- The Method
- Practitioners/Classes and Events
- The Profession
By Katherine Rogers
“You are more than eyes.” This was my response to a potential client who asked if his eyesight could be improved. Tom was born with cataracts on both eyes. These were removed in a series of operations between the age of three and six. This skewed the way he saw his environment and guided himself, as he learned to move. Thick glasses enabled Tom to go to school and to play catch with his father.
Tom, now in his early 20s, wanted to get out into the world. His vision was 20/80 and he knew his left eye looked out to the side. He had heard that there were various alternative methods for improving sight and he was eager to start working. I told him, “All of you participates in how you look at the world. If you come to me for lessons, your eyes will only be one part of a whole you.”
Tom agreed and we met for his first lesson. When Tom walked, he did it fast, with his head kept down and his shoulders hunched forward. He looked as if he were determined to plow through any obstacle. Standing, he looked like a bow just before the arrow was let loose. He kept both feet firmly on the ground, and like a toddler, stretched the back of his knees and arched his back. His left eye and foot pointed towards the left, his head faced the floor and towards the right. He increased the arch of his back, craned his head forward and clenched his fists in determination to look at the eye chart. I felt the quality of Tom’s life would improve if he learned not to put so much effort into everything he did, and his eyesight would tag along with the rest of him.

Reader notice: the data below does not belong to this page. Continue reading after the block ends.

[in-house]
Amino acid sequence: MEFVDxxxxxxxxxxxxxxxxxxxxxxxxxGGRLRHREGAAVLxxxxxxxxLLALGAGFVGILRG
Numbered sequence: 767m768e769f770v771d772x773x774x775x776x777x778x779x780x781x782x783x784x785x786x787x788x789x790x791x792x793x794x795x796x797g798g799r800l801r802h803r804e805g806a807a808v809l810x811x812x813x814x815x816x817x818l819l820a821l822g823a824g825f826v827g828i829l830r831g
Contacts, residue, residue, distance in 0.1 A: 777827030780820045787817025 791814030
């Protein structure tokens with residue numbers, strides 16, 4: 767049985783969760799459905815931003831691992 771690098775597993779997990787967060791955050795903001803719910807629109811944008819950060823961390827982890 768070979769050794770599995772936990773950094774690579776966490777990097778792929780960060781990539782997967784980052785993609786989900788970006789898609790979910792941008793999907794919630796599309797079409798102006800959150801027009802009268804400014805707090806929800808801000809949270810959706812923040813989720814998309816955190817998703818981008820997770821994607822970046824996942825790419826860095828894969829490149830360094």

Eventually Tom noticed that his peripheral vision was better and he could make out the numbers on nearby license plates. The Feldenkrais Method® allows people to learn at their own speed and Tom is changing habits developed at an early age. This progress has occurred over a few years but Tom has been patient because he is enjoying the process. Tom is ready to start altering the way his posture affects his movement. He sees that his “bow and arrow” stance restricts his field of vision.
Try this yourself. First, stand solidly on both feet with arched legs and back. Turn to look around yourself and notice where you stop and what you can see. Return to your starting position, and then shift your weight over one foot. The other foot can stay on the floor but let it be light. Take your whole upper body; arms and shoulders, head and neck, and look around yourself. Try turning a few times towards your standing leg, then try it towards the other leg. Notice where you can see now and where you stop rotating.
Do this a few times shifting your weight as you rotate each time to see if you can invite more of you to join the rotation. Notice how much farther around you can see. This may seem like an easy movement, but many of the clients I have don’t know how to do this and— they haven’t grown up with limited sight like Tom.
I have been helping Tom learn this movement of shifting his weight and twisting to look behind himself. Tom had never done this before and was surprised that he could look almost directly behind himself.. I had Tom was doing this faster and faster at the end of a recent lesson and he laughed with delight as he swung around from side to side, looking behind himself. The best thing though, was when he stopped and realized that his face was forward and his head was raised.
Tom had never looked at anyone face to face but now he can. He is delighted. Oh, by the way, his last eye exam showed his vision to be 20/60.